Newspaper Page Text
VOL. I!T. NO. 47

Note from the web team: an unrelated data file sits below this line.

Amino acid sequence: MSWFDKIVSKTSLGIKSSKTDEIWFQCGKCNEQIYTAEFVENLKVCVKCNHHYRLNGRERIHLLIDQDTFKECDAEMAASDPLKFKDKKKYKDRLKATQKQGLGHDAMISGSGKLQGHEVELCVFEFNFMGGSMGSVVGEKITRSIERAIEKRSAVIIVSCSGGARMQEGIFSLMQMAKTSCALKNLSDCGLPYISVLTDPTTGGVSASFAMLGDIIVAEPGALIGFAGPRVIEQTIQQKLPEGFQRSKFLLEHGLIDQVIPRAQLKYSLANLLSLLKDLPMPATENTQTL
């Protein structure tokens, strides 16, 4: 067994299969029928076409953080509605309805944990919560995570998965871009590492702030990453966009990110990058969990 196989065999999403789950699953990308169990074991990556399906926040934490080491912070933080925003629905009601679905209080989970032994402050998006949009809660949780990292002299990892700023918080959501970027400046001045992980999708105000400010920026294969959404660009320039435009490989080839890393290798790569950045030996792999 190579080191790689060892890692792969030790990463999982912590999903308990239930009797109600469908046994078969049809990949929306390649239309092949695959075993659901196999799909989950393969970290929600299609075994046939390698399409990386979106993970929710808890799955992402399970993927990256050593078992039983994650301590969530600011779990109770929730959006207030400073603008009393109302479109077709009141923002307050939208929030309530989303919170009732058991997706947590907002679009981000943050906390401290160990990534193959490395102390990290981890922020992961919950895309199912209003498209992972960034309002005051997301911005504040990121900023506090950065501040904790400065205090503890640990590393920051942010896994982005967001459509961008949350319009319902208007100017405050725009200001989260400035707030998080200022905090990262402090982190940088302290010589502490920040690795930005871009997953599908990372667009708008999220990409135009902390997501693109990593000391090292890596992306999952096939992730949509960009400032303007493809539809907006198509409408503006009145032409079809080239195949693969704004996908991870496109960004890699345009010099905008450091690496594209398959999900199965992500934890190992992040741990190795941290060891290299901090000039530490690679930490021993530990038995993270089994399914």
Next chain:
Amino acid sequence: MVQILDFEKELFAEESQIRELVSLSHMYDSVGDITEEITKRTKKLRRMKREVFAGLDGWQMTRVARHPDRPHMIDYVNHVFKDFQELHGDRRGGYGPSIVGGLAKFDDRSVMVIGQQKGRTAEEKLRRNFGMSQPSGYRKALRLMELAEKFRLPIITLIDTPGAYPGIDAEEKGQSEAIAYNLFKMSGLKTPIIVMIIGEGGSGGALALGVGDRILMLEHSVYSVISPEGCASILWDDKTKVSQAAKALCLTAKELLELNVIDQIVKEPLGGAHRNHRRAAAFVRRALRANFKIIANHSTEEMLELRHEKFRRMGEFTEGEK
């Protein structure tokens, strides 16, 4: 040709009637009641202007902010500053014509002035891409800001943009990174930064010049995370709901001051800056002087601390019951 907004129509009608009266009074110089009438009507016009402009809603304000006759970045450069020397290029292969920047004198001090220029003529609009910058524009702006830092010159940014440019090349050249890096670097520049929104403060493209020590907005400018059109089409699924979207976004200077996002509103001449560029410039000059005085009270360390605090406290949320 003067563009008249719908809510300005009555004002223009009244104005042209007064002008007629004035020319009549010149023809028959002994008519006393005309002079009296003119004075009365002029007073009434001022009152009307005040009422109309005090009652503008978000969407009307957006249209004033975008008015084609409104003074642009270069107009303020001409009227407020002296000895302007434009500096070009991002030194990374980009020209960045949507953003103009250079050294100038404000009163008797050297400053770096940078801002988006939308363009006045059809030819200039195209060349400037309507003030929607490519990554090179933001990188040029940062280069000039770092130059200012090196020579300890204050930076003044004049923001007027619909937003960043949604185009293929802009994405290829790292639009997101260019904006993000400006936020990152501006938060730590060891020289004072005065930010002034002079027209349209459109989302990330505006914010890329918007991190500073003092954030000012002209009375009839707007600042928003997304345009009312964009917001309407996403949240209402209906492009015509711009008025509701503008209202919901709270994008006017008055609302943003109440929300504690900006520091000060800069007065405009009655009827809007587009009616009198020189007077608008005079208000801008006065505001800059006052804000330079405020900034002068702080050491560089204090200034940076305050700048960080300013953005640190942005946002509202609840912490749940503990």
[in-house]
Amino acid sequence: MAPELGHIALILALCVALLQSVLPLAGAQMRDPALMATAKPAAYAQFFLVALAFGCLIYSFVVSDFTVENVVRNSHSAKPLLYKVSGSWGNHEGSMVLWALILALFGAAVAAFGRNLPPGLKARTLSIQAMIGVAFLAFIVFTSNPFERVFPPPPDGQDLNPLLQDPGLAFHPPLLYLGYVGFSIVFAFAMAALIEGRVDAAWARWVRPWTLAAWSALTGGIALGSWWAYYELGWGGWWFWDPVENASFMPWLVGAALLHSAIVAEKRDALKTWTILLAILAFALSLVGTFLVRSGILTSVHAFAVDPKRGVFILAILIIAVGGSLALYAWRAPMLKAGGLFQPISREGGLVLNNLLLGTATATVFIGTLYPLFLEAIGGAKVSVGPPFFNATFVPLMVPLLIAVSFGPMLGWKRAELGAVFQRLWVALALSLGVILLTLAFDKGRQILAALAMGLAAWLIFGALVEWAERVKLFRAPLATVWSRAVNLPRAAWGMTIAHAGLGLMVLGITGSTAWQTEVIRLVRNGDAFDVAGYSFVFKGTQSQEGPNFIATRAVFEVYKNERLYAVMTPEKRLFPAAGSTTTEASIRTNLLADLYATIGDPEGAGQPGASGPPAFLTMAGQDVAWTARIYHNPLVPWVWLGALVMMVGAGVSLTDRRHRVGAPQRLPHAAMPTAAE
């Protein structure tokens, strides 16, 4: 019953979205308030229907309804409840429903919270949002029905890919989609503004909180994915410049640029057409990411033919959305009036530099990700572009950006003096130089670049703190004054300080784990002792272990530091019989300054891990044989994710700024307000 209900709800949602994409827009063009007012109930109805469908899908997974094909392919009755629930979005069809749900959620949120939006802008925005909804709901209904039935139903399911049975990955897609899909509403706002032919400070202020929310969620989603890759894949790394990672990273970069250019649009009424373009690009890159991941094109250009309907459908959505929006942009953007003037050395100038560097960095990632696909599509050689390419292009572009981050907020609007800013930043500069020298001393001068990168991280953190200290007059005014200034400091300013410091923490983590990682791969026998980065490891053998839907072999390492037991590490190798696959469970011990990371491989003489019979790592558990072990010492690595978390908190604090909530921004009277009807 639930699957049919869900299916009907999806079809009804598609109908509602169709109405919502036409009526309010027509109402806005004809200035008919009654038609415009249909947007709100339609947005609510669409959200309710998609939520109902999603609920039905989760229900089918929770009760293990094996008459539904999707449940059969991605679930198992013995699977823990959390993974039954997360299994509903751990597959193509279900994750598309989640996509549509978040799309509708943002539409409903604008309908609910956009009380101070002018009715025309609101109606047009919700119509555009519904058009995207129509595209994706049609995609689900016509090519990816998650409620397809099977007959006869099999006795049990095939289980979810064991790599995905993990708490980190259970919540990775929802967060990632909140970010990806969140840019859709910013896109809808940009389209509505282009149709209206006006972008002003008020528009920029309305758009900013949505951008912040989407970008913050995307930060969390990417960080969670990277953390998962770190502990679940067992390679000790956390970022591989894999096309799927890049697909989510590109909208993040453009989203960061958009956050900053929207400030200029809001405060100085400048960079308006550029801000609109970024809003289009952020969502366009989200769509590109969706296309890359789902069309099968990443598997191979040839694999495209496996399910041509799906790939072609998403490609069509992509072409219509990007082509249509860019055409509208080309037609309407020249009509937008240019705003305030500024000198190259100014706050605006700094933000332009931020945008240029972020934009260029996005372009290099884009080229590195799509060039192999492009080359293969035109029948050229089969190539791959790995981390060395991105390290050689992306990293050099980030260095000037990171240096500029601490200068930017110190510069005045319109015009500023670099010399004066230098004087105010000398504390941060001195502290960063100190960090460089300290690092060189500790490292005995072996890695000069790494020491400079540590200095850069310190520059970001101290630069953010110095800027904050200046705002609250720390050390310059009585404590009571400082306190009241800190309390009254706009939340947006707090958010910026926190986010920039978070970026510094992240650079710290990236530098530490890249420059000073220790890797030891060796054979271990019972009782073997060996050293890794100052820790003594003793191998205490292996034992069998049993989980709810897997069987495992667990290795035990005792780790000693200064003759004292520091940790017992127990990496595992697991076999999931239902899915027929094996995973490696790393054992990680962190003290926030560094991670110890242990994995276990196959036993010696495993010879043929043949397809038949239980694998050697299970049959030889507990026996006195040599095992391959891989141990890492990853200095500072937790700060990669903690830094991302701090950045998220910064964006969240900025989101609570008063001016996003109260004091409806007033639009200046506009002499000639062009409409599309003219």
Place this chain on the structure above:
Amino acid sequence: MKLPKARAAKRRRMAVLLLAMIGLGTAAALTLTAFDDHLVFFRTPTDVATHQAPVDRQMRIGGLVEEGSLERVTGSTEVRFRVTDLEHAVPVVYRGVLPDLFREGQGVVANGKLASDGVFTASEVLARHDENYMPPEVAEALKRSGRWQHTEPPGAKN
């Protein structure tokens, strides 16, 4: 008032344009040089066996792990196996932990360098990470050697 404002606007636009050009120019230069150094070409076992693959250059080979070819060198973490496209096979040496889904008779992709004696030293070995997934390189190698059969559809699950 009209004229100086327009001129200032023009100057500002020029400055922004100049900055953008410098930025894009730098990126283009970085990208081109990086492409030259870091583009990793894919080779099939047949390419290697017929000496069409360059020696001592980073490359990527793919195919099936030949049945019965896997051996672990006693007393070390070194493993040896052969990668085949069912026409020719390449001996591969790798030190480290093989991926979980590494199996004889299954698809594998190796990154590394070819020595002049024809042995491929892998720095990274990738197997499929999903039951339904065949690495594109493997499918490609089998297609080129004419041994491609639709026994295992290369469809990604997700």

Tiie Great Empire tf Stanley Bart Johnson has accepted a position with F. B. lie wo, General Manager of the Great Wostern telephone Company, He depart «1 Aleutian evening for Philip to begin work.—Nowlia Tribune. Wo stop the press to inform our poople of the accidental death of tohn Beck* who was run over in the yards by a switch online at Chicago- Wednesday, Mr. Bock will be remembered by oar peo ple as he was our first stition agent here. His claim las just over in Surveyors draw to the tugrth of us.—Cottonwood Eepub lican. A Rural Route is in pro.tpeeb northeast of town. it. K Jew ott call ed at the Press office Wednes day and gave out the information that he was going to take the H»ttor in hand was sure that one hundred patrons could be secured us the proposed line. The post -dfcc officials have been request ed to secure proper blanks and Mr. Jspvett will then circulate the peti tions and the route will doubtless be established in the near future. This is a laudiblo enterprise and should be encouraged by the peo ple of this locality as well as by every resident of Kadoka.—Kado ka Press. While on their way to 1 lain view from Wall last week the lam lir of Chas. Boltz met with what might have bee® ft fatal accident and was quite title us at ll was. They had put a small oil stove in the wagon to make it more com fortable for the wife and children. When in the vicinity of Mooneyes road ranch the stove exploded and saturated the contents of the wagon with the, burning oil, The lady and children escaped with slight injuries while Mr. Bolt/ had a leg broken aiu^ was taken into the home of Mr. Mooney where he is getting along as well as can be ex pected. All the personal effects belonging to the party were burned also the wagoa, Mrs. Boltz ac companied by & driver pa-sed through town Thursday on her way home.—Pedro Bugle. A telegram from Warren Young, who is at Dead wood at tending the convention of the State Federation of Commercial Clubs, states that C. L. Millett, of this city, was unanimously elected as President of the State Federation for the coming year. Mr. Millett is certainly well tittod for this position and is located near enough to the state capitol so that he can keep in touch with doings in the legislature and present the views of the business men on various matters of legislation, the chief one at this session being the im migration bureau appropriation. —Stock Growers News. The board of county commis sioners adjourned last week, to meet again in March. They failed to appoint the official papers lor the year lUOi), and there is some good legal authority for it that they cannot now make, any ap pointments of official papers until next year. There have been cases of this nature up before and the courts have held that w hen a cer tain time was set for the commis sioners to make the appointment it must 1)0 made at that time or not at all. The law requires this matter to be attended to at the first meeting in each year. This may mean that the same papers must hold over in order to make the publications legal.—Ft. Pierre News. The Fort Pierre Creamery has moved its ice-house so as to make room for a refrigerating plant and a shed for the storage of ice cream tubs. A cold storage plant is be ing put in that will keep a carload jD mi wgr CQ* £l—wnL of butter at a time so that ship ments can be mide at the carload rate, which will result in the sav ing of considerable money on freight. This will also enable them to handle a larger ice cream business this coming season than last year, which business proved to be a good money maker. The creamery is doing a good business for this time of the year and the prospects are good for a record breaking run in the spring.— Stock (i rowers News. Art Richardson has bought the Marietta Livery Barn in Philip and will move his family to Philip in the near future. They arc esti mable people and their many friends in this conimunity regret their departure,—Pedro Bugle. Writing a New Yen review in the Dakota Farmer, Doane Robin son makes some striking state ments of the volume of farm pro ductions in South Dakota in 1(J08. He says the farm products of South Dakota for the past year loaded upon wagons, two tons to the wagon and allowing '25 feet to each rig would make a procession reaching from New York City, across the continent through San Francisco and on across the Pacific to Honolulu. The products actu ally shipped out of the state would till a train of freight cars extend ing from Sioux Falls to Chicago. The cash value of our productions for the past five years would pa.\ the national debt. Iffi two years we sell enough to build the Bamim qanal. The Fence Bill. Fariasr& will generally ll® Inter ested in the fence bill now before the legislature, for the time has come in South Dakota when farm fences are a necessfty and an easy and direct method of securing partition fences a necessity. We have a fence law on the statute books adopted by the session of 1903, but it is cumbersome and ex pensive and does not apply in all eases, so that the necessity for a simpler and broader and lei-s ex pensive process is manifest. The Arnold hill provides that every owner of agricultural lands from which he derives beneficial use must maintain half of the parti tion fences abounding it. That each shall build and main tain that half of the partition fence which is on his right hand when he stands upon his own land and faces the line upon -vhich the fence is to be built. A legal partition fence is defin ed to be: Any fence upon which the par ties may agree. If they fail to agree a legal fence shall be a fence of live common commercial barbed fencing wires, securely fastened to sound posts, set sixteen and one-half foot apart each post to be at least six feet long, and set firmly at least two feet in the earth, at the ends and corners the posts are to be lirmly br aced to] prevent sagging. The lower w ire is to be six inches from the earth, the second fourteen inches, the third twenty-four inch es, the fourth thirty-six inches and the fifth forty-eight inches. Jf either party to a partition line fails or refuses to build his half of a legal fence the other may serve written notice upon him de manding that he erect or repair, as the case may be, the half of the line fence and if he fails to do so within thirty days the aggrieved party may build himself or repair the fence, and may secure judg ment for the cost of it, the cost of proceedings and an additional sum of $25 as liquidated damages, and the judgment shall be a first lien upon the land of the delinquent. With such a law upon the stat ute books it is not likely there will fr-t. -tT't* Stali' Tax State Honds Insane County County School County Koad County Sinking Douuty Institut® Dist ri«*t Schools. Townships lnl! Cities Rridire Cii y Road Poll HoimI Interest Sidewalk Nil! atres l.iiiuor license Redemption Salary Sale and T.ease of School Lands State of S. I). Permanent Tor a i.s Cash in county Fund Court House and Grounds Safes and Fixtures Bills Receivable Total State of The Bad River News Official County Paper PHILIP, STANLEY COUNTY, S. D., THURSDAY, JANUARY 28, 1909. Auditor's and Treasurer's Detailed Exhibit of Receipts and Dis bursements, County of Stanley, Quarter Ending Dec. 31,1908. Showing amount of funds in the Treasury and where deposited. e a s u e E i i It A I.ANCE Halanck OUllt (verdr 3S6 20 3.361 90 School Fund Sheep Inspection Sheriff's 1'Ves L*notvanized JudlclaI Library Entrineerlnt? Sewer Tax FI NKS WIIEltki DEPOSITED (•rower's Hank 11.597 50 National Hank ot Stock First Haul Fort iiank Hank mink First Plerfe Total State of Sorxn Dakota. Cocmt Subscribed and sworn to before me this 18th day of .January, 1909. A. (J. Ricketts Cl«r|NM|nrt». AUDITOR'S EXHIBIT County Auditor and ChMfc 300 00 County Treasurer 375 ut» Deputy Treasurer and Insanity County Commissioners. First Hist. 49 00 County Commissioners. Second Dlst. 66 00 County Commissioners. Third Dlst. 2V 00 County Commissioners, Fourth Dlst. 68 0u County Commissioners, Fifth I9M 49 00 District Attorney 303 00 Attorney by Order of Court Clerk of Circuit and County Co®®® 500 25 Stenographer 220 60 (iraxd.! urors' Fees I'etit Jurors' Fees S.628 80 Witness Fees, circuit ai&ft Court 856 40 Justice of the 1'eace 107 25 Jurors and Witnesses, JMtfnNTcv.rt Dstailed. IMt of Warrants Issued During Quarter AMOUNTS CSmABI Carried Forward 8,323 60 Assets of County in De1$$§ Total Am'l of School Money Loaned Secured by Mort wives and Fnpaid Ta.x, isy2 to l8tfn, Tor a i. I) it. iIai.ance (Amount Disburs- KCAKH 11 kckiitei ements This This Quarter Quarter :i.770 7fl 3,961 78 I rev lot s Quarter) 38 33 •85 70 n.itto :V4 1.671 2: 49 78 62 62 134 98 •dS7 55 19 10 30,711 76 38,351 62 33,822 82 Less Accounts Overdrawn Total Cash In (lands of 'PfVUMU'er 5.000 00 of Midland 2.111 13 I'ierre Hank 5,000 00 of Kadoka 3.2JI0 22 of I'hilip 2.553 41 ofCupa 3.000 00 state Hank of I'hilip $2,005 Currency and Coin Amount In Ranks (.'ash Item* Warrants and Vo Till Receipts Total ok STANLEY. (ieortre S. f'oste, Treasurer, belnir duly sworn, doth say that the alOTe exhibit is a tru« and correct statement of the financial condition of Stanley County, as appear* by Ids books. (leonre S. I'oste. Itrauirht Forward Physicians for I'oor I'(K ir Uelief Hooks and Stationary I'rintlnif and Advertising Flections Lights. Fuel and Repairs 50 Register of Deeds 300 00 Deputy Register of deeds and Clerks 347 50 County .Indue 150 00 Sheriff. Depui.vand Bailiffs 1.284 36 Superintendent of Schools 4t8 35 Coroner Coroner. Witnesses and Jurors Surveyor 196 75 Commissioners of Kulldliurs Itulldinir and Uepi Hrldifes Permanent School Hoard of Prlsonwrs: Wolf Bounty Janitor School uookii lleavlnir Plant Balance on Qm MUcol la neons i.i:w Fnpaid Ta.x. IsiKH'ounty Fund.f Unpaid Tax. 1900 County Funds Unpaid Tax, 1901 County Funds Unpaid 1'ax. IH02 County Funds Uupaid Tax. luo3 County Funds Unpaid Tax. 1904 County Funds Unpaid Ta.x. I9u5 County Funds Unpaid Tax. I'.UKi County Fund* Unpaid Tax. 190? County Funds Unpaid -lMas:SW-OUWarf 464 477 1.402 4.352 5,318 5,3«7 «*,100 96,9X1 I i 30,000 ("i 4,000 00 160.361 99 South Dakota, County ok Stanley. Total Overdr'n. Cr. iy.laid of Baj.ancs ipwrfer) Cash oh ird 1,843 75 307 57 5* Uj Id 03 S5,f5o 7.214 is 1,552 3.MW s:t 1.6*4 04 32 40 5.W0 4* 2,708 3.990 94 i 14 W 55 9t 8:.' 58 07 3 2.MMS 37:! 9U 2,719 27 '.W 00 tH kW Kltt 2.) •H 50 2.834 ','C 46 fel 54 1Z24 75 252 29 t.om 72 78 64 1IHS 46 :. f»o 6 40 77 46 83 79 1.282 14 5.936 36 1.685 31 1.721 03 68 01 546 Mil 28 IH III 887 1(1 X27 4d 1 34 70 18 is,wo w 88 :)5,158 II 2« 56 AMOCMT* S.:i23 06 185 00 266 00 568 32 179 98 37 00 1.408 18 188 00 All 00 I NO oo 882 48 1.8(H) 00 91 80 1.308 86 Total 1 iU Liabilities of County ia A uditor 674 6,'tW OeM Total Amount of School M«n«y Received up to Date MtMfc Warrants Issued and in Hands of MtMfc Warrants Outstanding (Rate of 1 nte rest If&gOG 85 Bonds Outstanding Ipoo 00 M. P. Kennedy, Auditor. t»elmr first duly sworn, doth say that the Treasurer's exhibit hereon 1s a true and correct Statement of the financial condition of Stanley County, as ap pears by his books, and that the Auditor's exhibit 1h true and correct statement of all war rants drawn on lie treasury during the uuarter, and that the statement of assets and liabili ties is true and correct. Subscril)ed aud sworn to before me this Isth day of January, 19(19. A. C. RIcketLs Clerk of Courts. be much line fence trouble in South Dakota. Everyone will know his rights and his liability, and to attempt to evade the latter will mean only additional costs. It quite dispenses with the old fashioned fence viewers, who were a product of the day of rail fences It is not necessary to pay fence viewers to determine the condition or quality of five w ire fence as de fined by this bill, and tho useless expense is eliminated. From the State House Pierre, S. D. Jan. 27, '09. Bad Itiver News: Two more weeks of legislative work have joined the great major ity. Among the more important acts of special interest I mention the senate discussion of the North Carolina affair, which really be came quite exciting and furnished the tirst ripple of discord that has found entrance into the placid waters of the present legislative bodies. In the heat of the battle some personalities were indulged in, but were quickly withdrawn and par dons begged and all was again harmonious and lamblike. Sena Total 196,385 80 M. P. Kennedy. tors Dillon, Bates and Seward in dulged in some flights of oratory taking the asthetic side of the question, saying in flowery speech es "take back their cold we do not need it." Curtiss and Byrne just as strongly asserted we did need it and it belonged to us, and we were going to keep it. Dillon spurned tho idea of the University using this tainted money, obtained by fraudulent tactics of unscrupu lous money sharks of Wall street, abetted by some of our own ambi tious politicians, lie says we've but one honorable course and that is to return it to North Carolina. Many of the senators seem to con cur in this idea. If it is finally de cided that the money is really too badly tainted for state ase 1 think I shall ask the privilege of using it out in Stanley county to build dams and take the risk of the dam water being tainted. The way Senator Dillon seems to feel about it I think he will favor some such dam project as this, as his whole system seems to be getting tainted with it since coming into close proximity'to the state treasury. Appropo to this subject I want to say that if not presuming too much for in ordinary Stanley county homestenrlrr. would sug gest that these flights of oratory which bring the burning tears of shame to the eyes of some of our more asthetic, theoretic citi/.ens and cause the cry of tainted money to o-o abroad through the land should be taken with a grain of allowance for oratorical effect and the solid facts in the case consid ered from a strictly business standpoint, which I think will es tablish the fact that this money is honestly ours coming to us through gift of securities that were good and valid and sustained by the highest tribunal in the land. The money we received for these gift bonds is no more taint ed and we can as honestly use it for the purpose it was given as we can Carnegie's money for tho pur poses he gives it. If it ever gets up to the house to decide I feel sure the matter will lie viewed in the same light, that any other busi ness proposition would. The burn ing tears, the blush of shame and the mawkish -asthcticism will be left in the settftte where it origin ated. The election of state senator passed off quietly and without un due excitement. Morris of Minne haha county presented the name of Hon. Coe I. Crawford to the house in a masterful and dignified speech, very fitting for the occa sion. Ziebach of Buffalo county presented the name of Andrew K. Lee. The, vote stood 94 for Craw ford, 'J for Lee, Fowiep of Dead wood absent. In the senate Craw ford received 38, Lee one ab sent. Uu to date there are something over 150 bills before the house and over 1X) senate bills. Fourteen bills have passed the house, two reported on unfavorably by com mittees and one voted down by the house. This was a bill to pub lish the names of all persons re ceiving aid from the county in the newspapers. The bill was thought to be uncharitable and unneces sary. Only two bills have passed the ordeal of both houses, one be ing the bill for payment of mileage and per diem of officers and mem bers, which seemed a very popu lar hill and unanimously passed both houses. The other was a bill pertaining to the divisionof Butte county, which required immediate action so that the organization of the new counties might be com pleted. Several bills have passed both houses that are practically alike but are not concurred in as yet. One of these, the two cent passenger fare bill passed the senate without a dissenting voice, but raised some discussion in the house, many feeling it a mistake to pass it but also feeling bound by party platforms to vote for it. Will say that your member from Stanley did all in his power to de lay the passage of this bill until a later date, so that a more thorough understanding arid further consid eration of the bill might be had but was voted down and the bill passed with only three members opposing. So the day is near when you can go farther and pay less than you now do. Your Member of the House. What The Railroads Are Doing On Paper Watertown, Aberdeen and Le Beau are torn up with jealousies oyer the benefits to be divided when the big reservation is thrown open. Do not worry kind friends before that event a railroad will run directly from Pierre into tke heart of the promised land and this good capitol city will be the open door through which the set tlers will travel.—Dakotan. Presho, S* p., Jan. 18.—Presho ONE DOLLAR A YEAR is having a building boom. Car penters are in great demand. It is generally believed that the Mil waukee road is preparing to run a line from Presho to the state capi tal. The North-Western hut alsp run stakes from the south through Presho to Pierre. Three cars c?§ surveyors have been working the railroad yards, and althen( nothing definite can be ascertained it looks very much like the road meant business.— Free Press. i There is to be a pretty race ii the spring between the Northwest ern and the M. St. L. to jet first into the heart of the reserva tion country. The Minneapolis company has the shortest distance to make, being already upon the border of the strip of LeBeau, but it will require seventy-five miles of road to command the situation, while the Northwestern will need one hundred miles to reach the same points. It is not impossible the Milwaukee will build south from the vicinity of Hump Butte, a spur down into the ceded lands* which will ultimately eonneet witil the White River line at Presho.— Pierre Dakotan. It is- said to be settled by the Northwestern railway, that a northwestern branch will be start ed as soon as the earth is work able, leaving the main line at the mouth of Lance Creek, west of Fort Pierre, and following up tbf course of that stream making over the divide to the Cheyenne at Left lie and thence up the Cherry Creek Valley, strike the Moreau just west of the reservation line, giv ing the Northwestern pre^y full control of the reservation regioa to be opened. It is said to be the purpose to have the road com pleted in time for the opening. There are one hundred an 1 nine townships in the region to be opened, or fourteen thousand eight hundred and twenty-four home steads of 1()0 acres each, after de ducting the school lands. With a road from Pierre directly into the heart of the rich region there will be something doing hereabouts when the opening comes.—Rapid City .lournal. Goodell—Slaughter Word was received this morning that Win (ioodell, one of our old inters on White Willow creek just south of town, and Mrs. Slaughter were united in marriage at Rapid City yesterday. Mr. Goodell is well and favorably known throughout this county. Mrs. Slaughter though not so well known is very much liked by her neighbors. We all join in aa4 wish them smooth sailing and a happy journey through life.— Wokama Leader. The News joins their many friends in wishing them a long and happy married life. Shadow Social and Dance The ladies of the Catholic church will hold a shadow social and dance at the Ryan ranch, six miles north east of town, Saturday evening, Jan. 80. Music by the Sizemore orchestra and card playing for those who do not dance. A good time is assured to all who attend. Ladies are requested to bring lunch for two. Plenty of barn room. I can handle your real estate for you. Of course I can't sell every body's land in one deal, but the right man will be looking for your land at some time. I will do my best for each one who will Hat their property with me. T6 GK me a trial. Remember Eastern buy ers are after cheap land. tf H. B. Fislftr. A three act comic opera "Hii Highness, The Bey" will oocupy the stage at the Grand Saturday evening January 80.